The city that never sleeps (because it’s too busy eating)

Hong Kong is one location that should be at the top of every adventure foodies travel list.

This small but densely packed region is a proverbial melting pot of worldly cuisines, that’s even spawned its own unique fusion, à la east-meets-west.

Bursting at the seams with cuisine, a walk through HK Island’s Mid-Levels (streets lined with international restaurants) will surely waft scents of curry, kebab, fish ‘N chips, escargot, and hamburgers, all up yer nostrils within the first few steps.

However, outside the expat/tourist bubble, there’s a much more dominant and regionally suitable cuisine filling people’s tummies – as it has for thousands of years. Forget about your battered chicken balls drenched in sweet and sour ‘heart attack’ sauce. We’re talking about real deal tradition Chinese dishes.

Forget about your battered chicken balls drenched in sweet and sour ‘heart attack’ sauce. We’re talking about real deal tradition Chinese dishes.

The eight great (so they say) regional cuisines of mainland China

Shandong – Famous for its wide selection of ingredients and cooking styles.

Jiangsu cuisine – Apparently famous for being soft, but not quite mushy…

Anhui – Characterised by its use of wild herbs from the land and ocean.

Zhejiang – In general, Zhejiang-style food is not ‘greasy but has a fresh and soft flavor with a mellow fragrance’.

Fujian – known to be ‘light but flavorful, soft, and tender, with particular emphasis on umami’ (you know… sweetness, sourness, bitterness, saltiness, and umami).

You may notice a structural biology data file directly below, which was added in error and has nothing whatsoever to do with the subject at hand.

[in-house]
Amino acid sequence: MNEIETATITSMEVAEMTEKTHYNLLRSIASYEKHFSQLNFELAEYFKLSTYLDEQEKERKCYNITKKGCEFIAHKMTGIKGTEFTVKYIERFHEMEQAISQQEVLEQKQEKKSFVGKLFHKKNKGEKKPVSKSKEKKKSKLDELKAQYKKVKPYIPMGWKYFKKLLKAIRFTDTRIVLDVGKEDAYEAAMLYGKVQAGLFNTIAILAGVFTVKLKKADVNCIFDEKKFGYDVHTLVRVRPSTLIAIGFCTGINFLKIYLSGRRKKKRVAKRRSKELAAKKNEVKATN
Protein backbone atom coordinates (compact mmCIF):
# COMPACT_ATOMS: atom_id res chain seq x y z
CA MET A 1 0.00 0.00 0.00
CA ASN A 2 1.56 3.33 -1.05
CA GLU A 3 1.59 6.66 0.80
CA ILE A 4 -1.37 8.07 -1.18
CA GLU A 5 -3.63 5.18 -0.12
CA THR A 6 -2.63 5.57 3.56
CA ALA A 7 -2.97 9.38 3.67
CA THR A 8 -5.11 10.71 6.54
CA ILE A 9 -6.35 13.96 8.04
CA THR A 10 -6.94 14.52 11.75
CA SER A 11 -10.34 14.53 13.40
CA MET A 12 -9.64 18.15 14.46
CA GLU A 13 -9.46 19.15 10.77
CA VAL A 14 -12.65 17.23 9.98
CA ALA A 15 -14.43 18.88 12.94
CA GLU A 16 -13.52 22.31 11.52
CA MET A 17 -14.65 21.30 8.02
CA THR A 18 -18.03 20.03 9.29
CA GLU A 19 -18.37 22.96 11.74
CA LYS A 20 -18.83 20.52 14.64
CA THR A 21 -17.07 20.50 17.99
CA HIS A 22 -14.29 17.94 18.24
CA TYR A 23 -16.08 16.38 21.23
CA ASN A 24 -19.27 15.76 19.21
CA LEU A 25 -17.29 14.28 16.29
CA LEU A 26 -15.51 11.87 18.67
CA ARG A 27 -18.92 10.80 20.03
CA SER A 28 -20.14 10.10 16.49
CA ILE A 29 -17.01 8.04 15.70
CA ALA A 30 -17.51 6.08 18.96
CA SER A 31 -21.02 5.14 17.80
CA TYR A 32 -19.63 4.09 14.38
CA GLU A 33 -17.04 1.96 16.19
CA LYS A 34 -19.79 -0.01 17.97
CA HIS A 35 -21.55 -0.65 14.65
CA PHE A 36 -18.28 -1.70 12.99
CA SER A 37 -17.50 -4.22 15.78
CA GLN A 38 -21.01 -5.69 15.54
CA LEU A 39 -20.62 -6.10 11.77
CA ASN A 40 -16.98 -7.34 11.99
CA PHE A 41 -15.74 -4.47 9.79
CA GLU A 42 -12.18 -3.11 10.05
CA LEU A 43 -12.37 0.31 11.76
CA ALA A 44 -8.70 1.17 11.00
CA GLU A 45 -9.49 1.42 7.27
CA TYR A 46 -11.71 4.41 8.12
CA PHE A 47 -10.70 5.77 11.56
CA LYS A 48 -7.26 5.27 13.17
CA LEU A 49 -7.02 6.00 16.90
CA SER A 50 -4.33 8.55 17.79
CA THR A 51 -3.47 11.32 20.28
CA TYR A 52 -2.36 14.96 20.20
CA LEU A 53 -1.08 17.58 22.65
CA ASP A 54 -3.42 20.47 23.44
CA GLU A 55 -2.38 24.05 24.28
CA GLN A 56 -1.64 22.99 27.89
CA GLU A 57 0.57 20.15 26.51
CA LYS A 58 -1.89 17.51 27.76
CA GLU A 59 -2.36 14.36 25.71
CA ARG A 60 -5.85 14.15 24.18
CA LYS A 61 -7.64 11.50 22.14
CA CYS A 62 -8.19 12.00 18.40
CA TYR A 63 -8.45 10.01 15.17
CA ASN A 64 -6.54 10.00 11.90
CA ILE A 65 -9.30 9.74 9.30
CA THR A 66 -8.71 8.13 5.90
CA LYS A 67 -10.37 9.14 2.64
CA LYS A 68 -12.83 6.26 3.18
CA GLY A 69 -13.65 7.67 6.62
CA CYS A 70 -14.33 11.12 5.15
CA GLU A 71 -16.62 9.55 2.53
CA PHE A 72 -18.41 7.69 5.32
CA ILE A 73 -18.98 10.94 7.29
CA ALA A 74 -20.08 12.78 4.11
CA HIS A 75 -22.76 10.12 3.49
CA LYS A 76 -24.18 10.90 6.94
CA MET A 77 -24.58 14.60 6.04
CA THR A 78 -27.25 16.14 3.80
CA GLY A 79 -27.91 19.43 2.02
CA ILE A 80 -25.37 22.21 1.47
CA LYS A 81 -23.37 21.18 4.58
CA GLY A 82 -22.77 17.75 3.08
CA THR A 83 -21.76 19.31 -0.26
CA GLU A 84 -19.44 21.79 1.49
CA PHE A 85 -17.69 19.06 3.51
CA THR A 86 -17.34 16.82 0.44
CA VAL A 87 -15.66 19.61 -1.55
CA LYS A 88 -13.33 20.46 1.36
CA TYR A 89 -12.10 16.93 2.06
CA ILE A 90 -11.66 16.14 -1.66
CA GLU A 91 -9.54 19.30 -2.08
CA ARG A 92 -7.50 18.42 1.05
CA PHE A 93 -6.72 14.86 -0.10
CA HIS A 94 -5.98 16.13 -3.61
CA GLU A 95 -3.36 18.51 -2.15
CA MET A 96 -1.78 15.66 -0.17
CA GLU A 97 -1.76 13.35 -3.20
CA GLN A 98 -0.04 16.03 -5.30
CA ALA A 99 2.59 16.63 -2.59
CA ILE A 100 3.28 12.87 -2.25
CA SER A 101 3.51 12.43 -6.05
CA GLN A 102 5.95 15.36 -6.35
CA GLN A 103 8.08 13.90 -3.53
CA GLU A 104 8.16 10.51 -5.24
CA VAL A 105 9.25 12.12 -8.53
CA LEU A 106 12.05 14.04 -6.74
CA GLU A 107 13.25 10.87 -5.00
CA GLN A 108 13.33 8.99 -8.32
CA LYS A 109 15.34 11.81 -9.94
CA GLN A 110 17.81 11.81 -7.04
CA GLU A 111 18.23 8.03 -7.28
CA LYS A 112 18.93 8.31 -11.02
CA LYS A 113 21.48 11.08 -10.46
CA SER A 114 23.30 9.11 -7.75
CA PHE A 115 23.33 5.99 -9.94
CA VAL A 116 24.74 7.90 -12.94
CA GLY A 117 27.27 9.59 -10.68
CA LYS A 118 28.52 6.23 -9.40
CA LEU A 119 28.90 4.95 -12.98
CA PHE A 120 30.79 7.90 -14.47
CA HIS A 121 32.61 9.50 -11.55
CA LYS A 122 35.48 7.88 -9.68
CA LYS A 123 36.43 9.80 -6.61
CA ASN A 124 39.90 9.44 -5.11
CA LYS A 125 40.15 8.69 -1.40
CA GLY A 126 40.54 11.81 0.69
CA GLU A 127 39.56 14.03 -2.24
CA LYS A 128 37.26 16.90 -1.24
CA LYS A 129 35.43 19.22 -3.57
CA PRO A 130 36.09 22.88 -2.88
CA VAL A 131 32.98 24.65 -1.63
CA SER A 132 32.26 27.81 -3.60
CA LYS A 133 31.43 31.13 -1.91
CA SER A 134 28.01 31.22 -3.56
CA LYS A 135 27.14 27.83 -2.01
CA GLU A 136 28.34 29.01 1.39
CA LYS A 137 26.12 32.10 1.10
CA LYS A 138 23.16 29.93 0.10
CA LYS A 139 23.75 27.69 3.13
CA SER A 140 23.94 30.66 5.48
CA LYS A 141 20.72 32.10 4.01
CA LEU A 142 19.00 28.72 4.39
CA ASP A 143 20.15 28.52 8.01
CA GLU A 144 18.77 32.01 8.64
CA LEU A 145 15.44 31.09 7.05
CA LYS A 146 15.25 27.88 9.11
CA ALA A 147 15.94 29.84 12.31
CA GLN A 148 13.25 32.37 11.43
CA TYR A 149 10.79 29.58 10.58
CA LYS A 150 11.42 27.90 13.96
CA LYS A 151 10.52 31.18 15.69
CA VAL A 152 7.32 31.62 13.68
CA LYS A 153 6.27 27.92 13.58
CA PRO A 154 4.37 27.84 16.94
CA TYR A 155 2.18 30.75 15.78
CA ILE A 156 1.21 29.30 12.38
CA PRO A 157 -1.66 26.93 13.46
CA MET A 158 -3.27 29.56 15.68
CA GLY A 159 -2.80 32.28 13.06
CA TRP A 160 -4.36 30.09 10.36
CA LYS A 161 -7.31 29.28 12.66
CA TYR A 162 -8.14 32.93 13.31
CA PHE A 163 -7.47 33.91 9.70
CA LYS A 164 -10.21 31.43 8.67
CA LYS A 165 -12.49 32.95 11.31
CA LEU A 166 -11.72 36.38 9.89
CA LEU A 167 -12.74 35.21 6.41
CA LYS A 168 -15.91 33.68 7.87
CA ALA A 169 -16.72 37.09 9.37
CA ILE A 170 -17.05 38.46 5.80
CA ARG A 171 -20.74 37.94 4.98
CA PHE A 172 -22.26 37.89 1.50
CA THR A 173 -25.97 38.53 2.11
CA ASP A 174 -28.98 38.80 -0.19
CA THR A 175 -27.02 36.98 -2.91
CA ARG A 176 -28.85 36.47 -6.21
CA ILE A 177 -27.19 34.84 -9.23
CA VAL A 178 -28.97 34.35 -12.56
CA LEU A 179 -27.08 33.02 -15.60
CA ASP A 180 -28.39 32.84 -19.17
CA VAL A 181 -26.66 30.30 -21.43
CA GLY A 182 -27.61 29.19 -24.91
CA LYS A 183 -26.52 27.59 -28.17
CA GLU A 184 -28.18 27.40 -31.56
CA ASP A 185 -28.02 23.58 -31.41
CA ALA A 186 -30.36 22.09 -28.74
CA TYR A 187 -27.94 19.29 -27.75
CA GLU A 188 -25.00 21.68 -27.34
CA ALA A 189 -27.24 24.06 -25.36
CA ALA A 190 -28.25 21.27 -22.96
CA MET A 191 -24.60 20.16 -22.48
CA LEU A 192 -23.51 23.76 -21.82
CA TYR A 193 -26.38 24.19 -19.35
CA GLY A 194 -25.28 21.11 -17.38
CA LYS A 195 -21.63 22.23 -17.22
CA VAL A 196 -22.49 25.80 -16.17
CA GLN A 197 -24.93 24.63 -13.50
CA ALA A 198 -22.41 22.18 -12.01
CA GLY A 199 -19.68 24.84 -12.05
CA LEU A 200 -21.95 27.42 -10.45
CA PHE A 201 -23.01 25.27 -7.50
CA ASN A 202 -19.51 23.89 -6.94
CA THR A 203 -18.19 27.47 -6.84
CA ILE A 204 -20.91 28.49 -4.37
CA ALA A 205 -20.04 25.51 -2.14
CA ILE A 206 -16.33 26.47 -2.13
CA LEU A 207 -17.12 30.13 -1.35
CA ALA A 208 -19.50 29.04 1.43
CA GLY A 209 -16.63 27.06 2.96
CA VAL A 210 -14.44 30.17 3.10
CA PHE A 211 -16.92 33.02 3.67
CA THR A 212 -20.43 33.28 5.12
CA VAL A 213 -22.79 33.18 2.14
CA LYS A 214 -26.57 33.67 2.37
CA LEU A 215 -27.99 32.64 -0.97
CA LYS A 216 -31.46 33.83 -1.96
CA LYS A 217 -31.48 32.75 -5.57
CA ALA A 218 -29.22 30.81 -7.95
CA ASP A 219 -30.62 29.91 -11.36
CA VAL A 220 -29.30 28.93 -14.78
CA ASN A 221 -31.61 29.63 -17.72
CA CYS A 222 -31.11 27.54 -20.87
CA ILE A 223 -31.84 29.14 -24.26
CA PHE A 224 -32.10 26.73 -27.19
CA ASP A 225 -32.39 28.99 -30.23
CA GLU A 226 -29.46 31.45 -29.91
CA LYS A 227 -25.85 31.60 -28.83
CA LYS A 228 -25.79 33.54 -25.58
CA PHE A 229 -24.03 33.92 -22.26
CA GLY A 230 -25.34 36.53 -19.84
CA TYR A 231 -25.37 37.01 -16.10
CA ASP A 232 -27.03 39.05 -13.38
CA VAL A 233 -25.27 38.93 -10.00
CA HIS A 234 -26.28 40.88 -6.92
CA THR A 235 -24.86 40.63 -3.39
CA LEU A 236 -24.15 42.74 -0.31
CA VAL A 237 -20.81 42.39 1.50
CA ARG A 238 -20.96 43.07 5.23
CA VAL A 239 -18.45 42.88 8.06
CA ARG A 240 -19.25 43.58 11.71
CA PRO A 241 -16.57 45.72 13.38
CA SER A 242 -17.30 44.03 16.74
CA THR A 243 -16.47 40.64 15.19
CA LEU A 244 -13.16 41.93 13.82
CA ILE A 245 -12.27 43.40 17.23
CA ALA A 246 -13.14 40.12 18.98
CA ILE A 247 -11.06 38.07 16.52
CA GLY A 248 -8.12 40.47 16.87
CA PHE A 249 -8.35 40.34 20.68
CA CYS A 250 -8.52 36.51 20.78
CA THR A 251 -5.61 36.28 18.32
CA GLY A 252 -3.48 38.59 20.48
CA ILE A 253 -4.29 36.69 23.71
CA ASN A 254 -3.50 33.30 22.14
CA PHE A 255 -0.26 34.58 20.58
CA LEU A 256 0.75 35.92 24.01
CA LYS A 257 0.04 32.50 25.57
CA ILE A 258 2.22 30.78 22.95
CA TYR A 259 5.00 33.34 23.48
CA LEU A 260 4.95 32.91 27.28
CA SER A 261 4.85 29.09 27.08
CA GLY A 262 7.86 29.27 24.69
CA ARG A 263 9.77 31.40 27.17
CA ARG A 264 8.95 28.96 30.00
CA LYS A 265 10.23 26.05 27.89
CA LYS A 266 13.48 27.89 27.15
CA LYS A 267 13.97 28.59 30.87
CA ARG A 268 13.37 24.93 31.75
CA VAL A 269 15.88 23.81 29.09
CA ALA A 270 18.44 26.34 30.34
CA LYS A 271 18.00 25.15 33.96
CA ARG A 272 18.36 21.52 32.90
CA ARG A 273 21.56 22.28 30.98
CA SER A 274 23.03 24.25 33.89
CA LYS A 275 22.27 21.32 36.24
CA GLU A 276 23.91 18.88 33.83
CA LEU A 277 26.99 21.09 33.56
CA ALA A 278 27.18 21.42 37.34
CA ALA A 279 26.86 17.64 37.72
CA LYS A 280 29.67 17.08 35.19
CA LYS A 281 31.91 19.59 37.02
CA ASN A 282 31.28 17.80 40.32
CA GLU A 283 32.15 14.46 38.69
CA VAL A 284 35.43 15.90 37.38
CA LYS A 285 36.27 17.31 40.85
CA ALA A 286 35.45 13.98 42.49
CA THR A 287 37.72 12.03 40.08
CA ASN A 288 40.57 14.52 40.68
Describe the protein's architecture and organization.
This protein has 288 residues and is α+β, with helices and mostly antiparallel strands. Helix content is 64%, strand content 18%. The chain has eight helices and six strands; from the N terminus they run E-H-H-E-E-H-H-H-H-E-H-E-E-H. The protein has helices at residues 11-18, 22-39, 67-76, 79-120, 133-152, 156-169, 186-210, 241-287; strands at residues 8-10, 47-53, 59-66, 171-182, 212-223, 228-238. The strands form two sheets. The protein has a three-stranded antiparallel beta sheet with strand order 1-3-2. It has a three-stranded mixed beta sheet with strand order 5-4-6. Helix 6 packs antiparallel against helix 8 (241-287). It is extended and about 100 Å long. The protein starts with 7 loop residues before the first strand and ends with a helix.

Cantonese – As close as Chinese food gets to the Western concept, and also, as close as mainland China gets to Hong Kong.

Hunan – All the regions developed their style based on what ingredients were available to them. Hunan has a high agricultural output, so dishes from here are many and varied.

Sichuan – Tons of garlic and chili make Sichuan cuisine my all-time favorite Chinese cuisine.

Making the most of this menu

If there’s one part of me that’s never been adventurous, it’s my tastebuds. Sure, I’ve munched the odd insect and swallowed a beating heart or two, but in general, I’ve had little desire to order intrepidly.

That is until 10 months ago when Kaleigh and I booked our flights to depart the land of bamboo-eating pandas. We completely changed our mindset and decided to make the most of the local cuisine, particularly after being introduced to biang biang.

Realizing we only had one-year to digest a huge chunk of Asia’s culture, we set ourselves hard at it and quickly became Kowloon food explorers; discovering plenty of incredible ‘darkside’ local eateries.

Discovering dim sum

Usually served in steaming baskets, these small dishes are made for sharing and are usually quite cheap. Spring rolls, dumplings, rice dishes, and buns are a staple for any dim sum dinner plate.

But my all-time favorite dish has to be the mouthwatering xiaolongbao. Small, dumpling-shaped domes, filled with soup and a little meatball. These parcels of goodness are designed to be taken down in one glorious chomp.

With just two months till we depart, the South China Morning Post serendipitously published a video (above) detailing Hong Kong’s best xiaolongbao restaurants.

A list which Kaleigh and I have now made it our mission to eat through before departure…

Come back on Saturday the 13th of May for our first review of the seven xiaolongbao restaurants recommended by the SCMP!

*Due to the misplacement of a vital SD card, the next article’s fate hangs in the balance… for now.

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